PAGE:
It was our first taste of any of that sort of stuff.

"I think about three months after dad passed away we had to embark on our first US tour, which was seven weeks, and our album came out during that tour.

"It was a roller coaster of new experiences.

"Because we're signed to an independent label and our manager's driving our van and we don't have any crew we set up our own equipment and we break down our own equipment every night. We share beds and stuff like that. It's a very humble affair. It's a real high intensity with the close proximity you are in with everyone else.

"So trying to deal with grieving for a parent certainly wasn't without its challenges.

"But in the same way those kind of challenges and that kind of intensity only seemed to make us a stronger group of friends and, in turn, a stronger band.

"I think that's what made Ephemera the record it is.

"Because we're so comfortable with one another, having gone through what we've gone through, I think it allowed the music to reach a very honest and raw place."

Adam's tribute to his father, which is sung beautifully by Faye O'Rourke, will be a touching moment when it's aired in the Iveagh Gardens.

After all, without him they might never have started the band. Adam said: "It was actually my dad's idea that I would start playing electric guitar back in 2006.

"I had just hit puberty and I think I was going through all the growing pains that young people go through.

"I was probably not getting on with my brothers and not getting on with my parents so much.

"My dad said, 'Adam why don't you pick up the electric guitar, take out some of that angst'.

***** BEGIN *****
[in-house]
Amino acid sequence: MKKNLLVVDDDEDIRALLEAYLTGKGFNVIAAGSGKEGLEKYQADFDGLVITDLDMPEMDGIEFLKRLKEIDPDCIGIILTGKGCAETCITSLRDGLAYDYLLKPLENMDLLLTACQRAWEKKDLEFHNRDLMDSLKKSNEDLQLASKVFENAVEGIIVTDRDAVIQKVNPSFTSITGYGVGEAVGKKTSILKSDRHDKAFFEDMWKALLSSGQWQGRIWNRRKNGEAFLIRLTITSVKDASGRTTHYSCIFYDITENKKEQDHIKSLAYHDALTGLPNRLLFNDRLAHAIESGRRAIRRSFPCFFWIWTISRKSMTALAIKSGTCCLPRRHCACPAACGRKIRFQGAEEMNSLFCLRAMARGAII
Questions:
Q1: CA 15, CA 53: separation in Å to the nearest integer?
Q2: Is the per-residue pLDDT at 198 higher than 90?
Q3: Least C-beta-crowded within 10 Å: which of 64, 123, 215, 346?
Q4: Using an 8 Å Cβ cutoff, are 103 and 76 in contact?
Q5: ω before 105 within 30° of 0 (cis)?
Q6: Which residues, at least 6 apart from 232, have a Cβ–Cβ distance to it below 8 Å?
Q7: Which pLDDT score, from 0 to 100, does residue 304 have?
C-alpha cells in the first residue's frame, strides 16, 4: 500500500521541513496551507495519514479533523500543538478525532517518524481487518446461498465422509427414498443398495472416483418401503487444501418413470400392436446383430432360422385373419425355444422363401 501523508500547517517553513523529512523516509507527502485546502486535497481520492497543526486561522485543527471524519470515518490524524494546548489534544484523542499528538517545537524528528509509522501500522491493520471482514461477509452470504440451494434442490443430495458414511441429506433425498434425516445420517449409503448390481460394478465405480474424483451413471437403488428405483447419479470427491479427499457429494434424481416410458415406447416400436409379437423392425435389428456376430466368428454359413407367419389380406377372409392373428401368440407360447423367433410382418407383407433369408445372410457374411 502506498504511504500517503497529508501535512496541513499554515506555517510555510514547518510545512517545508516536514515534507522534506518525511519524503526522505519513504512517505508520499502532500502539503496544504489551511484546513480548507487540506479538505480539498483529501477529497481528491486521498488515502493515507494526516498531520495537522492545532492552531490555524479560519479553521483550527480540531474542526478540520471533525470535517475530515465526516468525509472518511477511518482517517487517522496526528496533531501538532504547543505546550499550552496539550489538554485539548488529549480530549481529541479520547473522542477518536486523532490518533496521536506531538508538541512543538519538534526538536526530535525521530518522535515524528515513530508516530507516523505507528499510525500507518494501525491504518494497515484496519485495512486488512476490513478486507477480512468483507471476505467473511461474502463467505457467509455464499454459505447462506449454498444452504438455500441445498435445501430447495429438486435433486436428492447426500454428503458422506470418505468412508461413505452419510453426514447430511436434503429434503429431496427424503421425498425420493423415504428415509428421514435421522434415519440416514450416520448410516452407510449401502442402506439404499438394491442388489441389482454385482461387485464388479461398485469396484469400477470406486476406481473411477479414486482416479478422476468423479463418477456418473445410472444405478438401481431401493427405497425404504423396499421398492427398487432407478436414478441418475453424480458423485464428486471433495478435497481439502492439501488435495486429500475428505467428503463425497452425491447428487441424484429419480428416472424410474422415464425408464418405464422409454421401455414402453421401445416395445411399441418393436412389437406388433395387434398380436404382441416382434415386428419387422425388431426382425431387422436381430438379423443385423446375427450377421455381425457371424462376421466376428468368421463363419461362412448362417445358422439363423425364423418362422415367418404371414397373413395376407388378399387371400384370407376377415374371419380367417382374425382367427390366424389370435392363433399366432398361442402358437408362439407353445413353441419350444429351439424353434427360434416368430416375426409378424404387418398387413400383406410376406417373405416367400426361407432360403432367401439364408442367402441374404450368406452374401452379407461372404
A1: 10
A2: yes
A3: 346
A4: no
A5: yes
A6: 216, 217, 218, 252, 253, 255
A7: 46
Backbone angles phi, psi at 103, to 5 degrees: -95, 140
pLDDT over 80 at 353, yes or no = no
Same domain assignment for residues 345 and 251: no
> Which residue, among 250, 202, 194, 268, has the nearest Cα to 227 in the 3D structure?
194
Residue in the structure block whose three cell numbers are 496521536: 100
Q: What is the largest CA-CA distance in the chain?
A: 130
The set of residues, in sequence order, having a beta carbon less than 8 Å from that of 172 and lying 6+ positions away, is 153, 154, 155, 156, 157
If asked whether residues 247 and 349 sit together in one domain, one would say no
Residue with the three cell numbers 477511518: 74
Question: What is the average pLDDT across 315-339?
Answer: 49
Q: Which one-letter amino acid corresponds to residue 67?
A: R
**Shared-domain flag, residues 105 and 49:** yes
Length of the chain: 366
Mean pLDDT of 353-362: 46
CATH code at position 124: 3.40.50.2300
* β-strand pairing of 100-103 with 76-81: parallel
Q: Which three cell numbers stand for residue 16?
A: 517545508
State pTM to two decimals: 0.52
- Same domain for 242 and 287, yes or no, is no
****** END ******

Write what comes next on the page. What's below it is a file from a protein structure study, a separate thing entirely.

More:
"He was kind of halfjoking but that Christmas he bought me an electric guitar.

"I remember instantaneously falling in love with playing music.

And I couldn't play to save my life. But suddenly it just gave me a sense of identity that I was really looking for at that young age.

"Then when I went into secondary school I met Stevie, Dylan and Donagh. And they were all in a similar situation, they were the few who played music.

"So we all gravitated towards each other. Then we started a band."

The Iveagh Gardens' show takes place on July 23 and for Adam, it's one of their most important.

He added: "I think it's the biggest, the most important thing to us.

Ephemera "To come home and play in the Iveagh Gardens and to our own people, it's very exciting."


"Suddenly it's no longer your song, it's in the hands of everyone ADAM O'REGAN ON SONG FOR HIS BROTHER "We share beds. It's a very humble affair. It's a real high intensity ADAM O'REGAN ON TOURING IN AMERICA


HIGH NOTE Little Green Cars will play Dublin

people, it's COVER Ephemera

INSTRUMENTAL Donagh Seaver O'Leary, Declan Lynch, Faye O'Rourke, Adam O'Regan and Steve Appleby

GUITAR MAN Adam O'Regan on stage in California
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Publication:Sunday Mirror (London, England)
Date:Jun 26, 2016